a thought about HISE
HISE is an awesome piece of software. its just not extremely useful to me, since it doesn't quite fit my plugin design.
anyway, I was thinking, since everything seems to be in place, how hard is it to modify HISE into a tool like REAKTOR, MAX , Flowstone that can export VSTs and AUs etc?
MAX was built with JUCE. also JUCE contains that AudioPluginHost project that demonstrates basic node input output connections.
i mean i can imagine it will be a lot of work, its not a petty task, but is it out of the question?
wonder if @Christoph-Hart or anyone else is interested in this.
just a thought.
d.healey last edited by
@aombk It is possible of course, but it would be a lot of work. I imagine it would require someone to be quite dedicated to the task. I also think it goes beyond the intention of HISE (Hart Instruments Sampler Engine) although HISE has already evolved beyond that original definition to some degree anyway.
@d-healey yes that makes sense, i understand and agree with your remarks. i also believe a great number of people need a tool like that and would be willing to support it.
I don‘t think that‘s going to happen. The main reason is that HISE is based on a tree data structure mirroring the XML paradigm and any visual programming environment is using a graph (or they fake it to some extend). I chose the tree structure and its close parent-child relation for performance reasons.
But honestly I didn‘t find one scenario which can‘t be done with a tree - actually a graph must be serialised into a processable chain at some point anyway and the tree just makes this step more simple.
"I chose the tree structure and its close parent-child relation for performance reasons."
performance of what?the exported plugin or the HISE editor / compiler?
ok visual graph nodes are very intuitive for visualizing and manipulating signal flows, taking outputs of various nodes and combining them, feeding them back etc. but sure, graphs are not an absolute necessity if HISE provides alternate ways for this routing.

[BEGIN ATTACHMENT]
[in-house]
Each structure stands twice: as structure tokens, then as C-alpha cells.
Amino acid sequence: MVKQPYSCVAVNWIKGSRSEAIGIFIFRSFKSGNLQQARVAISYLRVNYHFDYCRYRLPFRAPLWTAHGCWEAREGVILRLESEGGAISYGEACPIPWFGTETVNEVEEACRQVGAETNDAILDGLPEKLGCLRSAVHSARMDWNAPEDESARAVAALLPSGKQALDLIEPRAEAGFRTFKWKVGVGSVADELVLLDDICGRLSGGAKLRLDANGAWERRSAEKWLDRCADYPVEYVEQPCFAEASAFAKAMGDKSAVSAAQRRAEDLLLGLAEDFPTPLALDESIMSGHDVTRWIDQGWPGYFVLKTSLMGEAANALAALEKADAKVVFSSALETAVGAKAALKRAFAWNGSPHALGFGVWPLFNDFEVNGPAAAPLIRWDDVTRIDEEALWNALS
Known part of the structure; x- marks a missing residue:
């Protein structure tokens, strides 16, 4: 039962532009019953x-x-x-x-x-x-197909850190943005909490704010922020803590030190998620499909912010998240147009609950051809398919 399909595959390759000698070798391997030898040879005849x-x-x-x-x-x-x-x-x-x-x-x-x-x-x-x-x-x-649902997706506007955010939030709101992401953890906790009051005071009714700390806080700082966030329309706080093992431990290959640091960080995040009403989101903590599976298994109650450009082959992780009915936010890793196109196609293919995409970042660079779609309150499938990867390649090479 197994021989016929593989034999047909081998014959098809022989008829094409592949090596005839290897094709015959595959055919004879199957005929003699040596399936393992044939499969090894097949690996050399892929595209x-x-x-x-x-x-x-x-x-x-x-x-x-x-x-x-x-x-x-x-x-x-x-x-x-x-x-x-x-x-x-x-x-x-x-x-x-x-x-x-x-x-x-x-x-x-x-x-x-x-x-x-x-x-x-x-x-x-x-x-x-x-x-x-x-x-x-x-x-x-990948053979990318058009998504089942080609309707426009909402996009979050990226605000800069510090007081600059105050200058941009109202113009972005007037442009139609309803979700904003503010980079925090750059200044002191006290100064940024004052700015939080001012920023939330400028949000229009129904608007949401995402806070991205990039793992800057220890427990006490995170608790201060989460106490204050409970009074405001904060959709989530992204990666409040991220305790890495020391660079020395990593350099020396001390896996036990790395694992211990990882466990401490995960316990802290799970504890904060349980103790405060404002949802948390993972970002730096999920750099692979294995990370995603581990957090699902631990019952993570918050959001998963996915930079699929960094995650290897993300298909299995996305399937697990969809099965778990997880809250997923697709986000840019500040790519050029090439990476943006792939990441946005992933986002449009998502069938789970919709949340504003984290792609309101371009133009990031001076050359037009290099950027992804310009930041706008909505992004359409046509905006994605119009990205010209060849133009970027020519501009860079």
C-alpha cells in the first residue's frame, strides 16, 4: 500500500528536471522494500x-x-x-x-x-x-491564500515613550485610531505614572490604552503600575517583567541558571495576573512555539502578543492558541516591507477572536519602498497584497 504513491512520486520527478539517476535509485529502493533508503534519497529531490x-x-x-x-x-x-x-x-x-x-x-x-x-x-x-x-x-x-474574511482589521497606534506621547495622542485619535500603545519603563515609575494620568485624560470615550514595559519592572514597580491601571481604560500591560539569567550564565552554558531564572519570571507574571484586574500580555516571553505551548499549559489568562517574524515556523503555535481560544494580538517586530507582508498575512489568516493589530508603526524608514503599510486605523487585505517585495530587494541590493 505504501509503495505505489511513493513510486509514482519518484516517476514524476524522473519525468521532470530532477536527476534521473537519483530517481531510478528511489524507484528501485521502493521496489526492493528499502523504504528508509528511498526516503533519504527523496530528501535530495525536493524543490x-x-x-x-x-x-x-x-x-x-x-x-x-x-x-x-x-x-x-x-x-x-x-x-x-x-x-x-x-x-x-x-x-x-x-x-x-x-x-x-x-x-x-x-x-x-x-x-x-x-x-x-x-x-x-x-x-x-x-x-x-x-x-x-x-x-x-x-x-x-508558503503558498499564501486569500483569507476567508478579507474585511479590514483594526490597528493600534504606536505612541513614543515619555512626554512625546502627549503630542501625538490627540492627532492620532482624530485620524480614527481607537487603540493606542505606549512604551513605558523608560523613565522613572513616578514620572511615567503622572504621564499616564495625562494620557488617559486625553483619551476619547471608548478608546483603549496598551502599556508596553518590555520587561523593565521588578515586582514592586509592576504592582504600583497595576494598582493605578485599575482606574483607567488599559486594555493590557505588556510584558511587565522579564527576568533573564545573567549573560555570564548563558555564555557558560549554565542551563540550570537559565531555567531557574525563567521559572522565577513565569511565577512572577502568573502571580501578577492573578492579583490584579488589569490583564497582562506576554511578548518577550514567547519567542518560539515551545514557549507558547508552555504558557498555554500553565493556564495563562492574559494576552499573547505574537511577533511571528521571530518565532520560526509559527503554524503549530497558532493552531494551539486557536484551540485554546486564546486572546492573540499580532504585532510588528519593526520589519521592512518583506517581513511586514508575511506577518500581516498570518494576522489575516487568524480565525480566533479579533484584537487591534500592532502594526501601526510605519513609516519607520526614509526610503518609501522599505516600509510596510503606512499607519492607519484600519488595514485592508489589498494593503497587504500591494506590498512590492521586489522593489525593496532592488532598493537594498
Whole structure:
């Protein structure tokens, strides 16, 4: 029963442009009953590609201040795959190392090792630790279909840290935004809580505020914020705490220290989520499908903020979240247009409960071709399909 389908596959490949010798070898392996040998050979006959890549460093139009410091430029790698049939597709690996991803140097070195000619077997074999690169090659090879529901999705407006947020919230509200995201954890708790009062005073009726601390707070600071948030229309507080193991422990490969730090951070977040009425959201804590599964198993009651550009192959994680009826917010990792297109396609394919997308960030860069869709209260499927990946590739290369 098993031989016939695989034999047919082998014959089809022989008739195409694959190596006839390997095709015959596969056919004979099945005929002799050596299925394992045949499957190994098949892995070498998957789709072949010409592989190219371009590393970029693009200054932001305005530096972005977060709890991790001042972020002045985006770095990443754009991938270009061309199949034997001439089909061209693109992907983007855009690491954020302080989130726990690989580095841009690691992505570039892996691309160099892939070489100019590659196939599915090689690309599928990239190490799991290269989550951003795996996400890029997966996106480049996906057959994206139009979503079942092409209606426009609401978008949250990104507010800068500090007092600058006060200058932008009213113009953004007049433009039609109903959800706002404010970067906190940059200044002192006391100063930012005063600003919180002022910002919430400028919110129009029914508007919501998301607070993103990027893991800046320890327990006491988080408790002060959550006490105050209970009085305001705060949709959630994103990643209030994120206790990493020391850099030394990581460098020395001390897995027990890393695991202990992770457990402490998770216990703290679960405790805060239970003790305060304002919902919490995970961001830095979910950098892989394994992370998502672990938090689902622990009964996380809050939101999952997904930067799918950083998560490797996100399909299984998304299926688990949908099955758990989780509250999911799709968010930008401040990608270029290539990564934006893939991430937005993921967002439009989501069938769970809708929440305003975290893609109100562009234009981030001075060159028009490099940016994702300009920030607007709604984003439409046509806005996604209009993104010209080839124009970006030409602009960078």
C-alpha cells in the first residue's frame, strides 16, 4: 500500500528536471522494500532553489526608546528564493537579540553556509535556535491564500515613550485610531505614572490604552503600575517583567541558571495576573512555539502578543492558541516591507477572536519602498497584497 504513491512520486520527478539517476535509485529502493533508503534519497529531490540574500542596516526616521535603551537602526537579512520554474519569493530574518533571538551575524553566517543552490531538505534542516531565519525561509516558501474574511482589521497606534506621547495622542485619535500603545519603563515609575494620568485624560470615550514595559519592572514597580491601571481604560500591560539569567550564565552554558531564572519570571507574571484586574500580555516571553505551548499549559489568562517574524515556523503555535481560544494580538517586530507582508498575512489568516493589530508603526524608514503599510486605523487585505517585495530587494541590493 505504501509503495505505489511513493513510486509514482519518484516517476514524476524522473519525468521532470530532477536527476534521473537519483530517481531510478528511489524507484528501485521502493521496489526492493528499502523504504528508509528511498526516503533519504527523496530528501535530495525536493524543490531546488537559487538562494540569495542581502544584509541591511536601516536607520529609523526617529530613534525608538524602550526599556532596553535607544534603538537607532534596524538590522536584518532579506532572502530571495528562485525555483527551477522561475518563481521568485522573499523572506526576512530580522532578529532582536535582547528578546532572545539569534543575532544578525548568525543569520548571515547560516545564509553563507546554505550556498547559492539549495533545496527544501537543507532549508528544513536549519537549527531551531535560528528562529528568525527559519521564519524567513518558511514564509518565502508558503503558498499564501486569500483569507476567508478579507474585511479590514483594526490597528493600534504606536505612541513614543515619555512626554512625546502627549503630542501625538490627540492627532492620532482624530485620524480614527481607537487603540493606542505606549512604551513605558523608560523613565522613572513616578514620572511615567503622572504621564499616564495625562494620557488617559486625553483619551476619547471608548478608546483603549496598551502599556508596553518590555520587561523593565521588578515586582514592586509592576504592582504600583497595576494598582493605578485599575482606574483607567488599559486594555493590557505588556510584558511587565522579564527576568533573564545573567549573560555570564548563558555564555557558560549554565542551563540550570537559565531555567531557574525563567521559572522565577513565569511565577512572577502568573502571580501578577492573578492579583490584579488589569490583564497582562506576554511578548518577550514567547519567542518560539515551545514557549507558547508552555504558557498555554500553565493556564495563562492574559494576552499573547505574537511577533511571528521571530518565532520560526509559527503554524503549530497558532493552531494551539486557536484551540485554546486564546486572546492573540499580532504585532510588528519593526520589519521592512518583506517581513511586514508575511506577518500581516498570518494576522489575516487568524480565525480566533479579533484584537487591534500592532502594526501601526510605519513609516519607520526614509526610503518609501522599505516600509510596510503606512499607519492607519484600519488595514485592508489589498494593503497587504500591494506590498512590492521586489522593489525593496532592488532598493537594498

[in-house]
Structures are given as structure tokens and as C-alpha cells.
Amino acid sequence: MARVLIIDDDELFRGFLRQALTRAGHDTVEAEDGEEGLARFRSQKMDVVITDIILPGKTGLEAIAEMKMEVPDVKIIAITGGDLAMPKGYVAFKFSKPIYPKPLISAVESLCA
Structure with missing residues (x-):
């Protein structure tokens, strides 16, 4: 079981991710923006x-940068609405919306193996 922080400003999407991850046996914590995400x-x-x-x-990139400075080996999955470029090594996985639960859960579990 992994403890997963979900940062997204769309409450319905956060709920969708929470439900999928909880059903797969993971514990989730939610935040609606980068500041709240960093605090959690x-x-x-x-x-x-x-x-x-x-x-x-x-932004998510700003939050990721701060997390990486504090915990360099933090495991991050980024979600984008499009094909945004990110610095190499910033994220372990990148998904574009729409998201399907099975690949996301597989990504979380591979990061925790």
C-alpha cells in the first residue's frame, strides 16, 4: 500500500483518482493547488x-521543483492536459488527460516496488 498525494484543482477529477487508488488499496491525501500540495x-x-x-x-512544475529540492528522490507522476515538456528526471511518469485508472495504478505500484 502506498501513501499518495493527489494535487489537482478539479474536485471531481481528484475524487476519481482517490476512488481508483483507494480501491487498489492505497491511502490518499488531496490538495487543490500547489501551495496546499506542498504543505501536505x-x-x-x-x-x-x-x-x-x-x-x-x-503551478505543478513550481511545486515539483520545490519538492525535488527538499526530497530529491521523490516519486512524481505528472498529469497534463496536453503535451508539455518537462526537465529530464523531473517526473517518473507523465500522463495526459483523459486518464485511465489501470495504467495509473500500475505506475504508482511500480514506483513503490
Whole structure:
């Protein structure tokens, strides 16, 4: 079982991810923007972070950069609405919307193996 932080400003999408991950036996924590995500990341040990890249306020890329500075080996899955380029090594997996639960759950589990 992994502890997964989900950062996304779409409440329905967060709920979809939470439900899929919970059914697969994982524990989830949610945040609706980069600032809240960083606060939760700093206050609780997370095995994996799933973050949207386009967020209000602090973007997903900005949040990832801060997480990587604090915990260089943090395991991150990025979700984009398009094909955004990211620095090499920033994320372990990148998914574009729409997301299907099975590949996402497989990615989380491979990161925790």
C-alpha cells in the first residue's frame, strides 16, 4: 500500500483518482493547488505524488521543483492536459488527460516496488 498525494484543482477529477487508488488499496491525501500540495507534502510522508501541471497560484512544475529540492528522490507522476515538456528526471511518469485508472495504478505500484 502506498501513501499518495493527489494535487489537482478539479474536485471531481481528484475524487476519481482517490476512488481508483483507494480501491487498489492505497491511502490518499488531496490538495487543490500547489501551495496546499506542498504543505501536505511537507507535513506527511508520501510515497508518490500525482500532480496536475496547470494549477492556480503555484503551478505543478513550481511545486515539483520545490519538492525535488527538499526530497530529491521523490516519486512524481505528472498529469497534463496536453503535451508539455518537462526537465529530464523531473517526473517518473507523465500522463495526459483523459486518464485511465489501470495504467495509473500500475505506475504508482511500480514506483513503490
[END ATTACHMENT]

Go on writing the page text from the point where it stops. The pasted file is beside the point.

generally @Christoph-Hart , are you interested in turning HISE to a complete framework for effect and instrument development?
Not sure what makes you think it isn‘t already?
@christoph-hart oh it is? thats awesome!
the simplest thing i can think of that i have no idea how to approach in HISE is a delay effect with delay time, feedback, mix, filter type (for the delayed signal) filter frequency and filter Q, all of the above separate for left and right channels. and i would like to modulate feedback, mix, filter frequency and filter Q by separate LFOs.
this can be done in a matter of minutes in a graph / node based environment by using simple building blocks. in HISE i really dont know where to look at. do i make this effect in C++ like you did your modules?
@d-healey answered in an older post of mine that i could modulation parameters through scripting but that might not be efficient.
if i should write my own module? why not write my effect using JUCE then?
dont get me wrong im not criticizing HISE, these are honest questions
so, no suggestions?
d.healey last edited by d.healey
@aombk HISE is really great for making instruments, which is what it's designed for. It also has some limited capability (which I haven't explored) for making effects but it's not really the best platform for that as that isn't its main focus. You'd probably have more luck with something like Cabbage, although as far as I know that doesn't provide a node based GUI.
You could write your own C++ module for HISE which would probably be better than writing your own effect from scratch in JUCE because you'd be able to take advantage of the things that are already part of HISE, such as the routing system and existing effects. You could also incorporate your module into the HISE source so that others could benefit from it and build upon/off it.